Click here to Tweet and share it! At the end of a writing stint, stop before the ideas run out. Write a sentence or two about what happens next. Next time your fingers meet the keyboard, you already know where the story is headed.
Stuck With Your Novel? NaNoWriMo is almost here! On November 1, writers around the world will start tapping keyboards like crazy to complete a 50, word novel by the end of the month. And most of that writing will need loads of revision.
You might end up with a published novel or even a best seller. Trouble is, lots of writers drop out. And still others might have emergencies, health problems, or other issues out of their control.
Now some of us—and that includes me—can just sit down and start writing with apparently no prep at all. But I always have stories scampering around in my head. And I know the kind of structure they need to work.
Doing some serious preparation will make a big difference. Sure, it will still need work. Some might not apply to you, but they might spark some ideas. Why not set yourself up for success rather than frustration and failure? Decide what the story is about. Traditionally, four main types of conflict exist in literature: Person against person hero vs.
Person against society corruption, totalitarian regimes, slavery, hatred, war, bigotry, political processes, etc. Person against nature cold, heat, storms, mountains, bodies of water, tsunamis, earthquakes, etc.
Some experts make finer distinctions and include a few more: Person against fate or God Person against supernatural forces Person against technology or machine A novel can feature more than one type of conflict, but every story needs at least one. What conflict will drive your novel?
Who will complete the quest and reach the goal against all odds—or not? Sketch out a few details. Maybe your main character is a year-old guy who quit university and wonders if he should go back.
He grew up wealthy, but his parents died and left him very little. He has a younger sister. The plot is what happens. This happened, that happened, and the other thing happened. He decides to take charge of his life. He gets a job and gets fired.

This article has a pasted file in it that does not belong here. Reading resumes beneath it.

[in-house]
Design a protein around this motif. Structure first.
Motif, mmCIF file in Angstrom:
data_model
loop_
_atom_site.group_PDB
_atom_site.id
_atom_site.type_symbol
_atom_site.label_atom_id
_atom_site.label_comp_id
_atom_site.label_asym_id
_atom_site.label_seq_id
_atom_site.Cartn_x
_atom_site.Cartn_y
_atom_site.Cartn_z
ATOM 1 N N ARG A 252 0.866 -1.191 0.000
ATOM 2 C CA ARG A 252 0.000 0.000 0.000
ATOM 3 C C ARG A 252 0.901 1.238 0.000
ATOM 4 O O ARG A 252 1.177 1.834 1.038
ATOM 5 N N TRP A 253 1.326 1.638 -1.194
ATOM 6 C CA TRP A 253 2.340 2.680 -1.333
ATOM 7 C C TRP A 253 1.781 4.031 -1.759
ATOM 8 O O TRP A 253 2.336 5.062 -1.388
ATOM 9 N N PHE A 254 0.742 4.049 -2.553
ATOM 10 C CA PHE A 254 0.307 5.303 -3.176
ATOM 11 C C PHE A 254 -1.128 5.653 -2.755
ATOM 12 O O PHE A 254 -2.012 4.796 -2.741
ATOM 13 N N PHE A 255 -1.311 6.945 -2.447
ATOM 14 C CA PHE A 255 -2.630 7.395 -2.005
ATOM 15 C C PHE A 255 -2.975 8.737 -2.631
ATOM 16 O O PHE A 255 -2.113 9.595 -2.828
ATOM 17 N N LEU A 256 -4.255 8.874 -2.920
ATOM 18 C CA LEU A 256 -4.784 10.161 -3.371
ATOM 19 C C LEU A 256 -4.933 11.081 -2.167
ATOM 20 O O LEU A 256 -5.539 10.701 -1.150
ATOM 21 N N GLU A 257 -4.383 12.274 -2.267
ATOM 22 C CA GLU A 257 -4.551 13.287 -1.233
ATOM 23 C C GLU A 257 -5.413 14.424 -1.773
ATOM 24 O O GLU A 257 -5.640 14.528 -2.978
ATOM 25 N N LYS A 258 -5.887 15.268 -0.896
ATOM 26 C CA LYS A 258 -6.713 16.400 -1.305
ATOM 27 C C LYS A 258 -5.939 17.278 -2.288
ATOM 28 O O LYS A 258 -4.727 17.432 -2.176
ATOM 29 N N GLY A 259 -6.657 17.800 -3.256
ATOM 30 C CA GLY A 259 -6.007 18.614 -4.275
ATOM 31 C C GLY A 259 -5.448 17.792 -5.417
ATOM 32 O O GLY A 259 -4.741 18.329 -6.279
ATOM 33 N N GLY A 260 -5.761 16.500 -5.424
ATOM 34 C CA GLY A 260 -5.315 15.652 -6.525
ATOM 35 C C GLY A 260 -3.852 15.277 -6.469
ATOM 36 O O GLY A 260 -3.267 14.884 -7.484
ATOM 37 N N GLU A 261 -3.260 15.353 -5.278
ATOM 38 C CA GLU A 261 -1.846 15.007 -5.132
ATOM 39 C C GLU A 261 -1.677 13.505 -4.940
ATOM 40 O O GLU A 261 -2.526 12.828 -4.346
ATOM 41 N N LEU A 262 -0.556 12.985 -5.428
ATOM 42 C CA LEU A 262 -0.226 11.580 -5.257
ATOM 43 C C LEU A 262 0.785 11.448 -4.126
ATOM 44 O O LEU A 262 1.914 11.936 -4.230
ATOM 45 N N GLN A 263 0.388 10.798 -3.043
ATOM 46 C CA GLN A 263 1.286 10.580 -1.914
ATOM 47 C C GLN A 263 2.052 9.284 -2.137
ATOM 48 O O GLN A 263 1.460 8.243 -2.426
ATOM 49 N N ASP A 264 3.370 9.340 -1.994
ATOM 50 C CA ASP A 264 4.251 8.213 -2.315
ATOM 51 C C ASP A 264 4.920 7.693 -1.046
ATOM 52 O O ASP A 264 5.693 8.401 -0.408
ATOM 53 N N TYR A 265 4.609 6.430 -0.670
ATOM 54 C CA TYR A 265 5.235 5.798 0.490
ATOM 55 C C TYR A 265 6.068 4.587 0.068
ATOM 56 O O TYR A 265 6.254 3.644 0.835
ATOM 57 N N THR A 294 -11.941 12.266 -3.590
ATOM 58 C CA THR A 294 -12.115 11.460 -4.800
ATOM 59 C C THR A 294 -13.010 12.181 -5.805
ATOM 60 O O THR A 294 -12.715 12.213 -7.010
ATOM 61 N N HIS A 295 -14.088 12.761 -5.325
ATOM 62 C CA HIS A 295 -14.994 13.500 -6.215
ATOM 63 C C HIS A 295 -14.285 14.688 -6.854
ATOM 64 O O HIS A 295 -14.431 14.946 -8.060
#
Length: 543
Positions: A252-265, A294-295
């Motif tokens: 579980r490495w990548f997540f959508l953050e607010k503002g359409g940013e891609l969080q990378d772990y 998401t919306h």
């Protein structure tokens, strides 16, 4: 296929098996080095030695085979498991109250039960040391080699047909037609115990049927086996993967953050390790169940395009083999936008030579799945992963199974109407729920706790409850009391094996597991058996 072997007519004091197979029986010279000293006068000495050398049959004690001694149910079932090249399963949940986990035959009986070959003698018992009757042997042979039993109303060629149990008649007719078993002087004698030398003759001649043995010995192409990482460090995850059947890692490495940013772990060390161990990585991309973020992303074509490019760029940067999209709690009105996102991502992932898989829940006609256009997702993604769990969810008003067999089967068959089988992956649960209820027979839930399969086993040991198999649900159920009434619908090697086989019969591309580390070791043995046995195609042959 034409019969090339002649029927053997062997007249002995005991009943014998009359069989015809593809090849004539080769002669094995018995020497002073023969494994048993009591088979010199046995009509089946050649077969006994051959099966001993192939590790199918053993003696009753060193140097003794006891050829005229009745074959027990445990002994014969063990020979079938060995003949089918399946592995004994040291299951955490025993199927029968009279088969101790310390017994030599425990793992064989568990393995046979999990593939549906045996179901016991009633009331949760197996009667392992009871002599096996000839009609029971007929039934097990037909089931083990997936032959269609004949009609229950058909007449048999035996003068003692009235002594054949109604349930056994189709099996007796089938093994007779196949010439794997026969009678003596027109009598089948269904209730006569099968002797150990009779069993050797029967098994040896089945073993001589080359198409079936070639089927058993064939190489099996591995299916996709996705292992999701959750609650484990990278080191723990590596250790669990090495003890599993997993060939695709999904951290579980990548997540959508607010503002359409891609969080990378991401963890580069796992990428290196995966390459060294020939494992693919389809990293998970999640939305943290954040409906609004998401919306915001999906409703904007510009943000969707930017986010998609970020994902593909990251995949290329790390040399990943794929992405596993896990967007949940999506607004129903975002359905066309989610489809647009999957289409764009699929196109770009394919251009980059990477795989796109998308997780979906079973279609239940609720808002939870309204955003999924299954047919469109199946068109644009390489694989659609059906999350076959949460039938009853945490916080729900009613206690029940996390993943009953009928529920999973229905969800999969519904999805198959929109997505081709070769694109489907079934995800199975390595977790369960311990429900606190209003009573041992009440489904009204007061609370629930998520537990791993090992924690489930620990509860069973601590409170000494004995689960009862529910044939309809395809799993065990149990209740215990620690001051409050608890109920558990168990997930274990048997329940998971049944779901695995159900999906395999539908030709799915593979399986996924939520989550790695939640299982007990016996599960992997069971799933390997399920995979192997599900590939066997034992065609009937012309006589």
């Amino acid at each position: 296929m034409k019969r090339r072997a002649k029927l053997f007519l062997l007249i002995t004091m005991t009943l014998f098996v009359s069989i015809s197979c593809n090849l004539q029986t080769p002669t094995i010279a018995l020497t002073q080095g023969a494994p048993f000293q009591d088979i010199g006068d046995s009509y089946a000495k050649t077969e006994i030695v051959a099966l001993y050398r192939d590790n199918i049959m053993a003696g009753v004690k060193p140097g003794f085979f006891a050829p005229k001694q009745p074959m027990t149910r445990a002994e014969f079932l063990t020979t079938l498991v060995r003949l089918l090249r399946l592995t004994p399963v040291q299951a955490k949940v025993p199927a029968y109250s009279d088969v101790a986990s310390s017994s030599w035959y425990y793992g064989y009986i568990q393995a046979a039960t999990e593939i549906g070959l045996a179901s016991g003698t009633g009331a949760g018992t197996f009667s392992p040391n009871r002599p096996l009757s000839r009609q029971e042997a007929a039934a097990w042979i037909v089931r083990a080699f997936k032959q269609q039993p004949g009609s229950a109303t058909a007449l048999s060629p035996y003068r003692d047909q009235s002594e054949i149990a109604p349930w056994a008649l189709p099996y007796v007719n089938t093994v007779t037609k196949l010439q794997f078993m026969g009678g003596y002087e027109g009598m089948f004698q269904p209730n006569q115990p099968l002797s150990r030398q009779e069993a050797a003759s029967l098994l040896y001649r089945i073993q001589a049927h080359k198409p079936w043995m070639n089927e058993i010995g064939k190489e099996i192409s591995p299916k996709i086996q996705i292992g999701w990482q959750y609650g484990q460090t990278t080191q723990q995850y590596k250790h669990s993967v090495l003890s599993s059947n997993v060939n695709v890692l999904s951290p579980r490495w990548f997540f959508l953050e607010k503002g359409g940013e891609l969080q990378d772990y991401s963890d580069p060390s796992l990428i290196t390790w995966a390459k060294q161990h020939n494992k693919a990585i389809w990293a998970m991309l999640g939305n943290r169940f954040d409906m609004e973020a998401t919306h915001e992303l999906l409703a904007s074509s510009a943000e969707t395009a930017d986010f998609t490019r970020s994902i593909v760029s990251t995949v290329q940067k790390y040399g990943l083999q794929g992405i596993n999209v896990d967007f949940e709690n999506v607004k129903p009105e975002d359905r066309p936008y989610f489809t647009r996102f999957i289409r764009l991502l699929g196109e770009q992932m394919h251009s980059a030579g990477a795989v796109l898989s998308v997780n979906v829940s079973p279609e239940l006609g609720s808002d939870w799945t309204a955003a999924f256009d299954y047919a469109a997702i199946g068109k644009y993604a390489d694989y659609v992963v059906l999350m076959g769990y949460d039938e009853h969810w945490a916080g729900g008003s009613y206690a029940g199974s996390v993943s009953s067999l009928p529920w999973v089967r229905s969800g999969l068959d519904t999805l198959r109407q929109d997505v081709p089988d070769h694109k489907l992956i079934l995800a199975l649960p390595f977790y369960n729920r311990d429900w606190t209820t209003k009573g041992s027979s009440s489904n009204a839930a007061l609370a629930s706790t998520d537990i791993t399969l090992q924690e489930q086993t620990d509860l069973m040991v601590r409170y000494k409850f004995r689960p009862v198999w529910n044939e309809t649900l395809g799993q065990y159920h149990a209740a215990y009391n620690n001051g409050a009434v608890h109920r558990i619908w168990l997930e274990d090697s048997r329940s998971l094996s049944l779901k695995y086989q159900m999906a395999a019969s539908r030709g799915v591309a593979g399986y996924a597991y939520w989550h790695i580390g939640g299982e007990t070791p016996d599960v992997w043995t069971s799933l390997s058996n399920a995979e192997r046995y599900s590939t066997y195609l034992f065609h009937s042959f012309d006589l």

He quits school, and he meets a woman. She dumps him, he finds another job, he gets robbed, he gets fired again. He finds an outlet in sex and drugs, and he slowly self-destructs. The narrative arc sometimes called story or plot arc is defined in various ways.
The introduction of the character sthe spark that lights the fire, the attempts to put it out, and so on. Narrative arc is often taught like this: In the example above, the novel is almost at the climax. Maybe our young man lands in a hospital after falling off a balcony, drunk.
Slowly, he forgives his parents, and he heals. Shifting the Narrative Arc A novel outline can take many forms.
The snowflake method is a popular way to outline. You start with small bits of information which expand in a series of steps.
You draw a line from left to right and add notches that represent events in chronological order. Behind or above that is the narrative arc that matches events on the timeline.To write a book in six months, you'll want to do at least five fresh pages a week, which will mean a chapter every two weeks, and thus 12 solid chapters in 24 weeks (just at six months).
Nov 02, · A novel won't work without fully developed, compelling characters. Take the time to know the hero and heroines story before you start plotting or writing.
November is National Novel Writing Month and in honor of that, I thought I'd share my system (developed over the course of writing plus books) for quickly producing a good novel without a ton of angst and anguish. National Novel Writing Month How It Works. Committed to writing 50, words in the 30 days of November?
Follow these easy steps to get started: 1. Fill out your profile. Complete your profile so like-minded writers can connect with you. There’s no better place to introduce yourself as an author. A good writing schedule: The only way to finishing writing a novel in a month is to have a regular writing regimen.
Divide the word count you need by the days available. NaNoWriMo recommends participants aim for 50, words in a month. Write a novel in a month!
Track your progress. Get pep talks and support. Meet fellow writers online and in person.